TI Steady After Disappointment? Here's Why
You'd think with the 3-plus percent rally in Texas Instruments' shares headed into tonight's earnings, this company would be plunging now, after missing numbers across the board.
But that's the joy of the markets right now: good news is great; great news is stratospheric; and bad news is, well, just expected -- so it's not all that "newsy."
The company reported 49 cents per share on $3.27 billion, but that EPS figure also included a 6-cent, one-time discrete tax benefit, so the apples-to-apples comparison with the Thomson consensus is 43 cents, or right in line with expectations. Revenue was a little lighter than the $3.28 billion expected by analysts.
TI also reports $3.22 billion in orders, which is noticeably down from the $3.48 billion the company reported in its fourth quarter.
"That's a problem," John Lau at Jefferies tells me. That's another strong indication of a slowdown, and dovetails with TI's far weaker-than-expected guidance.
Texas Instruments now anticipates an EPS range of 42 cents to 48 cents, far below the 51 cents Wall Street expected. The revenue range the company is providing is also well below consensus: $3.24 billion to $3.5 billion versus the $3.51 billion Street analysts were projecting.
Lau at Jefferies thought Texas Instruments would beat the Street for its first quarter. But as one of the Top 3 chip companies in the world, the top analog company in the world, it's gonna take a lot to hurt them, he says. Strong cash flow, no debt, and good trends longer term, he says, makes TI one of the top quality chip companies in the world.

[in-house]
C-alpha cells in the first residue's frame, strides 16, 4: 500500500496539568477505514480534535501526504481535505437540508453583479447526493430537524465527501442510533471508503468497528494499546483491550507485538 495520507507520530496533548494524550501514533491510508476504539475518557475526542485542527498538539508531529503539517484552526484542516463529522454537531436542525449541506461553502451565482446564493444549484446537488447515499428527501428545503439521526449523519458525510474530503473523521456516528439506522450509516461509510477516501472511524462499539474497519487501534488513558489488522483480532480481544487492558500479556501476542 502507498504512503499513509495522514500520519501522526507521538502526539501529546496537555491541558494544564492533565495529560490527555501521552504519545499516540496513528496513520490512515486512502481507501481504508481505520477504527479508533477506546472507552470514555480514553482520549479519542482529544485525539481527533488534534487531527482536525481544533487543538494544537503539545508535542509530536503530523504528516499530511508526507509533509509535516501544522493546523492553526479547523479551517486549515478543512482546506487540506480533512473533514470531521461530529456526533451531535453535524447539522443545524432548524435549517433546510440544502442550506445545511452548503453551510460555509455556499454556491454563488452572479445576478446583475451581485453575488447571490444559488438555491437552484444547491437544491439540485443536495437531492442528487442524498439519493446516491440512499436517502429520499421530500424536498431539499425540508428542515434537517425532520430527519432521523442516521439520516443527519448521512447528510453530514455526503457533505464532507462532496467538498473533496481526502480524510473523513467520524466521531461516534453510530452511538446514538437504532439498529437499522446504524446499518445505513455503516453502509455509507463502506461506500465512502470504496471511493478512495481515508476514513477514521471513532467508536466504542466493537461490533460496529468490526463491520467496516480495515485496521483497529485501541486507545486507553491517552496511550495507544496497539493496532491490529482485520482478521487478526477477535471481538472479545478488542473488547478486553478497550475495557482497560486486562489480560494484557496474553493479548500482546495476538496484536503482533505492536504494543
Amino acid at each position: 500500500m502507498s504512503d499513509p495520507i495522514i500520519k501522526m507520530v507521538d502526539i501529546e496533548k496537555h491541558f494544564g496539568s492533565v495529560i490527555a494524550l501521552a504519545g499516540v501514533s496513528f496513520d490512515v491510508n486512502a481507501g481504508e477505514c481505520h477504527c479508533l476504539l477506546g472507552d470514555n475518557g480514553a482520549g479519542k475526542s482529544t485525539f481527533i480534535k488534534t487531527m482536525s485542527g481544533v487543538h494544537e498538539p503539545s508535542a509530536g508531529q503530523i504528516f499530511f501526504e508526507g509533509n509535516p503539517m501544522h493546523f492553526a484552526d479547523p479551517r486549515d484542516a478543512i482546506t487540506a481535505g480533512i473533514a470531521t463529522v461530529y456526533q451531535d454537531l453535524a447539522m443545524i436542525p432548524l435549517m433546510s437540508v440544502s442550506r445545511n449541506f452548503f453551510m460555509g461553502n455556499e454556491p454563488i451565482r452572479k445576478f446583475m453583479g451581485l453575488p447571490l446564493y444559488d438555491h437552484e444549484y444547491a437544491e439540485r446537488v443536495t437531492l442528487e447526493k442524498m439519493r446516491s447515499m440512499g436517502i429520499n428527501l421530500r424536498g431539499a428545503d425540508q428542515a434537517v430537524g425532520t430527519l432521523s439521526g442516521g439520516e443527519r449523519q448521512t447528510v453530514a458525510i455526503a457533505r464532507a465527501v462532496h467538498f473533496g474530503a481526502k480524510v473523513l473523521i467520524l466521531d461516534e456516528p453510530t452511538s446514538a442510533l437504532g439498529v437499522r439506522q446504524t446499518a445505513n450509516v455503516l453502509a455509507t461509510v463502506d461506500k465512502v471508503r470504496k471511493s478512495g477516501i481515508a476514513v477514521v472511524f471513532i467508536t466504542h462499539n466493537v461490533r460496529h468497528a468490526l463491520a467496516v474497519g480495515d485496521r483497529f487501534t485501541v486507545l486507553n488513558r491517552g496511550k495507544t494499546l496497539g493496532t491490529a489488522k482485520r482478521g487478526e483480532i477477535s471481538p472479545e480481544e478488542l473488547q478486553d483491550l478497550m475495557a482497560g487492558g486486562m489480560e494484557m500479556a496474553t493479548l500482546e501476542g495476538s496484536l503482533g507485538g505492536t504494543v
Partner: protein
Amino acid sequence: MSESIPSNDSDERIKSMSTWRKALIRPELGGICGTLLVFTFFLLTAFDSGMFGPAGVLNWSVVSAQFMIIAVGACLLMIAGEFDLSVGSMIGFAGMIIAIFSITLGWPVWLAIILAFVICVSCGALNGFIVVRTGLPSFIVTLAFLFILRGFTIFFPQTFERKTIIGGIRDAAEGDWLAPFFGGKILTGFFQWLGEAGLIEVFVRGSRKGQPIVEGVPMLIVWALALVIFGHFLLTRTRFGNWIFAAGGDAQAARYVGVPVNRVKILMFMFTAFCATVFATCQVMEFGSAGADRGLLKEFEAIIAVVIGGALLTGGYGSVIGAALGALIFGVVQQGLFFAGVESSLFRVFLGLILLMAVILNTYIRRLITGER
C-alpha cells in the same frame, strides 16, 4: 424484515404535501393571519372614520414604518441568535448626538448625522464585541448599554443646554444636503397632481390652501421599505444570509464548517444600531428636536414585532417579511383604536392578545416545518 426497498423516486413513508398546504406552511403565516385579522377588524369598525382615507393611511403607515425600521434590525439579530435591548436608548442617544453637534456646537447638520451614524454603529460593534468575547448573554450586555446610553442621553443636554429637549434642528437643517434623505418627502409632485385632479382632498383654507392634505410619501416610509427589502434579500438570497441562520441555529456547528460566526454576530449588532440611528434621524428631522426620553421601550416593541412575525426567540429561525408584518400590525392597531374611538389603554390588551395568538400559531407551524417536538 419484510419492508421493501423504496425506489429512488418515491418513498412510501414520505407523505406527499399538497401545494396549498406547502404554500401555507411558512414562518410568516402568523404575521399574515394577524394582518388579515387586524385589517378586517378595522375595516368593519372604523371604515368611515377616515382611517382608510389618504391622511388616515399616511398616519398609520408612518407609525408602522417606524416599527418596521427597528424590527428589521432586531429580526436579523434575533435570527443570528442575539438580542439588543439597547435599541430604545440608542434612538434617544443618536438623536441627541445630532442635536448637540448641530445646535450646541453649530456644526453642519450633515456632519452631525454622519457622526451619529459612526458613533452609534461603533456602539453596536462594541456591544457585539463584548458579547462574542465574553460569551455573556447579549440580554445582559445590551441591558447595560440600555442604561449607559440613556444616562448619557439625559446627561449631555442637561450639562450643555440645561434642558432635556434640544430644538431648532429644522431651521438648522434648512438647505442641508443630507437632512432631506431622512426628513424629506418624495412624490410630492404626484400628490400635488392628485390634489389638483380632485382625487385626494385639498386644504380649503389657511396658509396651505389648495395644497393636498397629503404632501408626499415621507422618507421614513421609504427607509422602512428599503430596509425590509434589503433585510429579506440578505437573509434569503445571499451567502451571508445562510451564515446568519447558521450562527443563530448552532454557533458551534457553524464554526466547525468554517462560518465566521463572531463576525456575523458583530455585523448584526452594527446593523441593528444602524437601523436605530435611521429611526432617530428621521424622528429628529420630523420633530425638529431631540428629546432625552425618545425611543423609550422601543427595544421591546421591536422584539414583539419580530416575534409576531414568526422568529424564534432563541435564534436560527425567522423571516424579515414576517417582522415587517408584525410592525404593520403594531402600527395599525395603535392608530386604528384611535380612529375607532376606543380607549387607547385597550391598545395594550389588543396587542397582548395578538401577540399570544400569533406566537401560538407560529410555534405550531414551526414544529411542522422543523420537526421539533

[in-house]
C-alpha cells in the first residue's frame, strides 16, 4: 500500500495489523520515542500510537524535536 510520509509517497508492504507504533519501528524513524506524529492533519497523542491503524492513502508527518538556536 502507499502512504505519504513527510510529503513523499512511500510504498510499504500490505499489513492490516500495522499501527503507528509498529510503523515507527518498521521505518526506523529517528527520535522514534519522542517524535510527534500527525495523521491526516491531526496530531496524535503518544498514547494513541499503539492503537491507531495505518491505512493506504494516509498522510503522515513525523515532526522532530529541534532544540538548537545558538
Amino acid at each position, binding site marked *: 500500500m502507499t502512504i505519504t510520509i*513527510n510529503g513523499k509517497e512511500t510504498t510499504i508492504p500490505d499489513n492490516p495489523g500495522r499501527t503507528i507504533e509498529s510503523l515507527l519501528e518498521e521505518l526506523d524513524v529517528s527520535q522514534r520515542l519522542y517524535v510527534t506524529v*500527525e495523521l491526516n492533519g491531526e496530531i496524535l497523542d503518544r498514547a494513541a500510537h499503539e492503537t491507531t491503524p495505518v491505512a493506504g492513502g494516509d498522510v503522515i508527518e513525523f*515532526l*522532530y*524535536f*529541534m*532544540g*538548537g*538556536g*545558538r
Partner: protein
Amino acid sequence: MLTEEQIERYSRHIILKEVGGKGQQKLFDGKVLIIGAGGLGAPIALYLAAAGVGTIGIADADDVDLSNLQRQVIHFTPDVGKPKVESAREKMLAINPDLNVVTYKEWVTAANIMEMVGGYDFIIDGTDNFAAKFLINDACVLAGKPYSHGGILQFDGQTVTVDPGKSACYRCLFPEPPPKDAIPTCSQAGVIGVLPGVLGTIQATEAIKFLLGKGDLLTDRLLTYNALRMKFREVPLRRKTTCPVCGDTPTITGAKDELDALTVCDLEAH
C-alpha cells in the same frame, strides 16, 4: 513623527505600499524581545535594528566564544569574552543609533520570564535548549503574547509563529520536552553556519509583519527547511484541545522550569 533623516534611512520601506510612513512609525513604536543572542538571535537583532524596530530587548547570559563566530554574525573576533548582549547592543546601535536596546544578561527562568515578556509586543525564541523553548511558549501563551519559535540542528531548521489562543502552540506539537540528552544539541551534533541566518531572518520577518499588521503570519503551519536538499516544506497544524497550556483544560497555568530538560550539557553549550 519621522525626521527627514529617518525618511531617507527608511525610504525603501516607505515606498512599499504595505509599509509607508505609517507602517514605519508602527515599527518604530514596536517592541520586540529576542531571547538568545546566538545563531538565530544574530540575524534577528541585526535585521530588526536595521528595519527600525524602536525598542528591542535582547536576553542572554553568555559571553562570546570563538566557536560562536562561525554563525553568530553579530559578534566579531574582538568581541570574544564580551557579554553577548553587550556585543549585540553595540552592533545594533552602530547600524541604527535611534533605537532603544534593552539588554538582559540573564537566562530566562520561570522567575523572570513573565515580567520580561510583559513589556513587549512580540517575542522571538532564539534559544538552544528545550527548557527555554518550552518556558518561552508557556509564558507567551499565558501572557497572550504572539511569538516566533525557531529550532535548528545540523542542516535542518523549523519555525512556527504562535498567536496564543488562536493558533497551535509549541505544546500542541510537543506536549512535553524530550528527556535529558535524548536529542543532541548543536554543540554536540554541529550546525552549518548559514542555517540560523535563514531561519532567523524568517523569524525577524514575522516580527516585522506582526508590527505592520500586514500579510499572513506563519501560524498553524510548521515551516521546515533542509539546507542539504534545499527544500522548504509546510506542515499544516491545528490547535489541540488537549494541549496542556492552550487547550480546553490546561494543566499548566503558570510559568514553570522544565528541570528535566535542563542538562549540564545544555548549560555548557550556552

It all comes to down to analog. And cash flow generation. And no debt. And that defendable market share position.
Look at Intersil, Linear Technology or Xilinx: Analog players that have all seen big-time gains these last few months.
Texas Instruments hasn't yet played in those kinds of rallies, but now that we have an idea of where its business is going, some analysts are telling me it's poised to pick up momentum, since big funds will see the trends shaping up at these smaller players, and want to snap up TI at its bottom. And this might be viewed as the bottom.
And that might be the best reason yet why the company is weathering less than stellar guidance, as investors start looking at the company longer-term, seeing real growth potential just over the horizon.
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